The first step of writing a new book doesn’t actually involve writing for me. Before I open my laptop or write a single word, I start with sketches. I sketch out the setting, characters and outline key plot points. It always feels a bit like returning to my elementary school art classroom. As I’m sure you’ve heard me say more than once, words are my medium. I appreciate other forms of art, but my version of drawing is creating stick figures. I’m often critical of my inner artist because I don’t feel like I’m talented or skilled when it comes to painting, drawing, or any kind of 3-D design. However, a strange thing happens when I’m working on a new book—my inner art critic vanishes.
The sketching process helps me build imaginary worlds and form connections with the characters who are going to embody them. For this new project, I broke out colored pencils and dabbled in watercolor. I cut pictures from magazines for collages. I strung fairy lights from my office ceiling, lit ocean-scented candles, and sampled tastes of fresh tangerines.
Never once did that nagging critical voice appear. Perhaps that’s because I don’t care about the outcome when working on a sketch for a new idea. I know that no one else is ever going to see my kindergarten-level creations. They are just for me. There’s something freeing in that. It reminds me of this quote by Georgia O’Keeffe: “Whether you succeed or not is irrelevant, there is no such thing. Making your unknown known is the important thing.”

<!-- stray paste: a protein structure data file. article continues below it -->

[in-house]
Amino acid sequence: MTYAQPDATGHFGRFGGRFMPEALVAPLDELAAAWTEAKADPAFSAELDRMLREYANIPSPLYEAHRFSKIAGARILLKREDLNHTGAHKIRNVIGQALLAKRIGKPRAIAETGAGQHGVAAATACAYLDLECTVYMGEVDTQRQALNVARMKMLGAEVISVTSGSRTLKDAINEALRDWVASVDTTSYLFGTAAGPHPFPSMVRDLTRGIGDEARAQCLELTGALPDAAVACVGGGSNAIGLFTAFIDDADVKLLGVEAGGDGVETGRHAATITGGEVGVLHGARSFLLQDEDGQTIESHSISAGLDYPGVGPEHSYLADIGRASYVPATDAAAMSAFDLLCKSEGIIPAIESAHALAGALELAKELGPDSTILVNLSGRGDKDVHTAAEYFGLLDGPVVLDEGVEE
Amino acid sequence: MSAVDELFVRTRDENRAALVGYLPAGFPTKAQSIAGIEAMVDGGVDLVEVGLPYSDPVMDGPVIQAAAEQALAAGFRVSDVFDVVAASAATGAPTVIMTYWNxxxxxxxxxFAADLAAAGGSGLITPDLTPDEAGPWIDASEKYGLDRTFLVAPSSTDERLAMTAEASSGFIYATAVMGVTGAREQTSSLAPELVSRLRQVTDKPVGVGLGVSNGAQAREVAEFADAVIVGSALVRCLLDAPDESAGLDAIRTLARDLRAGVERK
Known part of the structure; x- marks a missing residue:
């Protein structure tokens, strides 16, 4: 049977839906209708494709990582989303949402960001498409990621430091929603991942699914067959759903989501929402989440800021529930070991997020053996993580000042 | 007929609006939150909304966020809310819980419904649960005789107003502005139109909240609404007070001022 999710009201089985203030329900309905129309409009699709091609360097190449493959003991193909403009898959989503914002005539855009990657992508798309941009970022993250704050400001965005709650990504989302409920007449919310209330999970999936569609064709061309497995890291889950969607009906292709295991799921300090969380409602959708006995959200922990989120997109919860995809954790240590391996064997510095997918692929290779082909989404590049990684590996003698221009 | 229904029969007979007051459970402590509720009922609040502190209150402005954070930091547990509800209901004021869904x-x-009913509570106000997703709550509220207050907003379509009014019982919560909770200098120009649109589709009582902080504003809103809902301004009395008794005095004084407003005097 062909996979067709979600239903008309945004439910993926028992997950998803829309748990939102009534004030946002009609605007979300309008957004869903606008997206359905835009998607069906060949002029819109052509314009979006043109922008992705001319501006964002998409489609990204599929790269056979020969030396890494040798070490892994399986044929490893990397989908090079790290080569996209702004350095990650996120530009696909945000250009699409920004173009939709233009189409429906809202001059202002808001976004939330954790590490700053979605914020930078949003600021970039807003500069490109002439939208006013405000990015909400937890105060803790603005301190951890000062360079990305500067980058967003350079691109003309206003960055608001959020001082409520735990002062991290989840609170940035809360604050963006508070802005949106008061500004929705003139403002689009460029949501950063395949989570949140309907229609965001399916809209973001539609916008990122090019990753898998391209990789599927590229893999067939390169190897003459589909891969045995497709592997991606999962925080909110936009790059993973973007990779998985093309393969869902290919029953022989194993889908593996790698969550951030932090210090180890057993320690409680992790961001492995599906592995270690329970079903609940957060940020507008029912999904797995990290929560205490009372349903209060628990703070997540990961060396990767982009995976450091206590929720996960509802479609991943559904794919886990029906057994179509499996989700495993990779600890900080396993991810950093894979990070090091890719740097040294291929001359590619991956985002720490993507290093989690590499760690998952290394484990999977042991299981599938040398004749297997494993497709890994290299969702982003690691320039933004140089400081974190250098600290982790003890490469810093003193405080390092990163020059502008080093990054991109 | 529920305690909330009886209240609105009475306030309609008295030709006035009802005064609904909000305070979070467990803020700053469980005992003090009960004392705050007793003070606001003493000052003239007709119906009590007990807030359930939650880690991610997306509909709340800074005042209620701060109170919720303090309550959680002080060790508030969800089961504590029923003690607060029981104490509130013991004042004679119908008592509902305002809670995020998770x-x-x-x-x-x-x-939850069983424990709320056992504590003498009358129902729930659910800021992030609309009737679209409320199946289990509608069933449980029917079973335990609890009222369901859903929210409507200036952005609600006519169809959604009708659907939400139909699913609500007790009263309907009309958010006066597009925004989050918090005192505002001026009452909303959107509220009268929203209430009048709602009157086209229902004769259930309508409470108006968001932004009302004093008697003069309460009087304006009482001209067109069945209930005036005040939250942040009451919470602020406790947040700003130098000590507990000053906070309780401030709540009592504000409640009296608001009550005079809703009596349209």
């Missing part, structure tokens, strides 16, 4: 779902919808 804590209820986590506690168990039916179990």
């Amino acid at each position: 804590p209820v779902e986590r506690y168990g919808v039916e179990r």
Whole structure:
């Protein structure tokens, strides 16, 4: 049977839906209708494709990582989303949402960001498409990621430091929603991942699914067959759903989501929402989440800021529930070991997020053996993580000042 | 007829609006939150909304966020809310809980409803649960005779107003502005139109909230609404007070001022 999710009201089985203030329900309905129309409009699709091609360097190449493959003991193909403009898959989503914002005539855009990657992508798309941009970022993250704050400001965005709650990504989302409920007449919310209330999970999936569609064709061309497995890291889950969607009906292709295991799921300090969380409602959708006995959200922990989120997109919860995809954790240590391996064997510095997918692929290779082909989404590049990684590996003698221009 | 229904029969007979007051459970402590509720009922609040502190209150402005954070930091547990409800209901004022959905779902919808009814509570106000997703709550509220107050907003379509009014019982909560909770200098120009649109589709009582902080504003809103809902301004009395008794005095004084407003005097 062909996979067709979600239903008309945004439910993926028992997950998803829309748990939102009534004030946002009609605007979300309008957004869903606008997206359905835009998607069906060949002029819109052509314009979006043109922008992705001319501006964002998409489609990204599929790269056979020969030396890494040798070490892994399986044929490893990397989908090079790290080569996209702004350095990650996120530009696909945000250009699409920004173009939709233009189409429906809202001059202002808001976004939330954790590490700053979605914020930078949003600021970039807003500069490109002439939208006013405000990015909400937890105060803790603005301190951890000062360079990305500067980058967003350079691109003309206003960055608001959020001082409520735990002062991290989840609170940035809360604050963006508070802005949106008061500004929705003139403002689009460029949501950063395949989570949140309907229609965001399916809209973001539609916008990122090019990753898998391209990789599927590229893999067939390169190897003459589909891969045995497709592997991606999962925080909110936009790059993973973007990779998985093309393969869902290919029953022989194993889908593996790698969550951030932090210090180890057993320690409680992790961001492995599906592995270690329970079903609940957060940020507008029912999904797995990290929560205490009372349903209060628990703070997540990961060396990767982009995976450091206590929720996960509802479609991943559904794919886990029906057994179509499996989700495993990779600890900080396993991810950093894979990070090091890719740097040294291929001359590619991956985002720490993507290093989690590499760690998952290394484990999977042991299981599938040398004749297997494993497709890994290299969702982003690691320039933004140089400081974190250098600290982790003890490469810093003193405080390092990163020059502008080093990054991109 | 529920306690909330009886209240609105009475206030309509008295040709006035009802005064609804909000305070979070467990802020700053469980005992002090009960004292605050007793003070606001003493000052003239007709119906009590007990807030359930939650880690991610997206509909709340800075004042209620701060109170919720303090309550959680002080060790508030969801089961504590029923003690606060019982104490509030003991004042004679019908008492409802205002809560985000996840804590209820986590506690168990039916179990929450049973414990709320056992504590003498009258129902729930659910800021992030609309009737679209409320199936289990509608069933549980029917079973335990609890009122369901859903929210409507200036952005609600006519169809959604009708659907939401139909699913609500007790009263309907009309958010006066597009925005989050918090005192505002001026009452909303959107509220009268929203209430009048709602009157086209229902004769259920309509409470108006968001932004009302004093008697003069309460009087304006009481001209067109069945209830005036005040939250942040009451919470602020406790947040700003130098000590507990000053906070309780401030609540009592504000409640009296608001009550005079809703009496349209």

That’s what my messy sketches do for me. They take a seed of an idea and plant them on construction paper. Somewhere along the way, the story begins to take shape, and my unknown becomes known. Without a doubt, my inner critic will make a cameo appearance (or twenty) once I start the routine of daily writing and fleshing the story out chapter by chapter. But for this project and hopefully future books, I’m choosing to embrace my amateur artist and breathe into the gift of creativity in all of its imperfect forms.